Serenity is the inner peace and balance state, a quiet place amidst the activity. It is the quality that helps us balance the mind’s intuitive and analytical aspects.
Thankfulness is an awareness of the fragile nature of life on this planet. This virtue helps us to overcome our existential fears.
What are the Virtues of the Spirit in the Enneagram?
Each personality type has several default components. This system uses a questionnaire to determine our default personality and instinctual types. Finding your default personality type is the first step of the Enneagram of Personality. Knowing your type is only the beginning of the Enneagram process. It gives you the perspective for positive change.
There is a concept within the Enneagram known as integration. (2) To become more integrated means becoming whole. Cultivating spiritual virtues changes your thinking. We can access these higher virtues we start to remove all the roadblocks within our psychic structures. Integration opens the door to more options, so we are not confined to our default personality type’s default settings.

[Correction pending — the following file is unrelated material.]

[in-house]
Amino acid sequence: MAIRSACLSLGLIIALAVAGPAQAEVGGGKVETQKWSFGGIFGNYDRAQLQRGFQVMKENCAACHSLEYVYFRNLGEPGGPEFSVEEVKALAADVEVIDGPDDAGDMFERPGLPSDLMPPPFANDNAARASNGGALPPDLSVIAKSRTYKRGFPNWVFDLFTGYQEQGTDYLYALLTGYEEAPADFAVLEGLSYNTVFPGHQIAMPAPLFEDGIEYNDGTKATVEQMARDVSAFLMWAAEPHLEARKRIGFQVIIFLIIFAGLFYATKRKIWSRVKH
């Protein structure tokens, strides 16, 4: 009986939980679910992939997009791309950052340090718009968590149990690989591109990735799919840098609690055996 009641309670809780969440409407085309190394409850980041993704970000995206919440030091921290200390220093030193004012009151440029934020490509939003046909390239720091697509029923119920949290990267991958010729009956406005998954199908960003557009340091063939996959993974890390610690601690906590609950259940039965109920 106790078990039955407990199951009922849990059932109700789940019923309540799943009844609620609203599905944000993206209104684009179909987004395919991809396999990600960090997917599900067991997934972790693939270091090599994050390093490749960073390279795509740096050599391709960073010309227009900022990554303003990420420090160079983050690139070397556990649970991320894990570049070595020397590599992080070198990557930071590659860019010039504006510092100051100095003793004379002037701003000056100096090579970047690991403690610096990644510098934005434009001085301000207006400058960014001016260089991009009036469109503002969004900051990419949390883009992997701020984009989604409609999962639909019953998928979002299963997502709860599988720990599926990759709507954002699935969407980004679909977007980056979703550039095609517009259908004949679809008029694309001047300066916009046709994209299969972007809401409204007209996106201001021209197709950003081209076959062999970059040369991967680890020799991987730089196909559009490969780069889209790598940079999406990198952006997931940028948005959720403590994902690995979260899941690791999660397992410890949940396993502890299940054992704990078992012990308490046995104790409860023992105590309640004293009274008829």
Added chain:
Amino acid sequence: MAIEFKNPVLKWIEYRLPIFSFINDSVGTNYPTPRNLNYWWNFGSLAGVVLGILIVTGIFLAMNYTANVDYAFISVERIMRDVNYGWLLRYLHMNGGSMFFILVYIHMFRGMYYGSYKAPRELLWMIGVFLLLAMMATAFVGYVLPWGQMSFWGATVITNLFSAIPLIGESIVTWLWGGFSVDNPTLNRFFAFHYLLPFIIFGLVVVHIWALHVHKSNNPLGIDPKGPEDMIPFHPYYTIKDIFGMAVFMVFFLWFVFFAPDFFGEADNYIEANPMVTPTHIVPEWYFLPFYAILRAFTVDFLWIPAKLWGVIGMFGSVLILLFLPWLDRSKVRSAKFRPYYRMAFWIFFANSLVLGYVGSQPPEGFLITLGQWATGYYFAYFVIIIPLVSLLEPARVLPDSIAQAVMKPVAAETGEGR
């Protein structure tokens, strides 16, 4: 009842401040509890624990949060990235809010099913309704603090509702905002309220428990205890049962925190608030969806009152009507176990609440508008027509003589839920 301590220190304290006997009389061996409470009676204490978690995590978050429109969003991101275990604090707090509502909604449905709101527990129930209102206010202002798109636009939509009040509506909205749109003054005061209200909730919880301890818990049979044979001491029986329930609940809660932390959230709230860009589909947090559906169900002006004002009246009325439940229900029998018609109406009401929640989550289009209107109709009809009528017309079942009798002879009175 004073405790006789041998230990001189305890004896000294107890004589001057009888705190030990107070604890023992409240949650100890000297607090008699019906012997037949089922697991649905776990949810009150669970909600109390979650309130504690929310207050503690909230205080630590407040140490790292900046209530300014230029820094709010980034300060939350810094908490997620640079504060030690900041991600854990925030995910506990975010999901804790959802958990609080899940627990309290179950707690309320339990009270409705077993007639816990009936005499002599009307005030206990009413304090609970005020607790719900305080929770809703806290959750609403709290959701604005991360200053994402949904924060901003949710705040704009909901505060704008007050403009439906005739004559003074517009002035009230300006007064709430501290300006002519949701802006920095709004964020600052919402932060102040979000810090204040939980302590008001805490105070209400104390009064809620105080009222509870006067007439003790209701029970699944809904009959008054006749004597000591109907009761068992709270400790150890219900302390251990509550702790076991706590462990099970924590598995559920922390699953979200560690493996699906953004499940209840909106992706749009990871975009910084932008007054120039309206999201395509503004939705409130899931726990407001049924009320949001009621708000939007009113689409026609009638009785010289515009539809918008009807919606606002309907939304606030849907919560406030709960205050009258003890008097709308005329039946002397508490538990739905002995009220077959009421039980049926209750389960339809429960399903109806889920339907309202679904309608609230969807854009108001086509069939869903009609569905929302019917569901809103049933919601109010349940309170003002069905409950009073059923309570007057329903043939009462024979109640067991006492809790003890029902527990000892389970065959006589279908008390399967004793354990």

It is not a mood or change of attitude but a concrete change made possible because of new neurological connections. When we make fundamental changes in thinking, we change the structure of the brain.
There are nine personality types in the Enneagram that correspond with the nine principles on the list of spiritual virtues. That means there are nine doorways through which we can open these virtues. That’s good news because no matter your primary personality type, there is a doorway to these higher ideals. These have nothing to do with the religious concept of virtues or sin.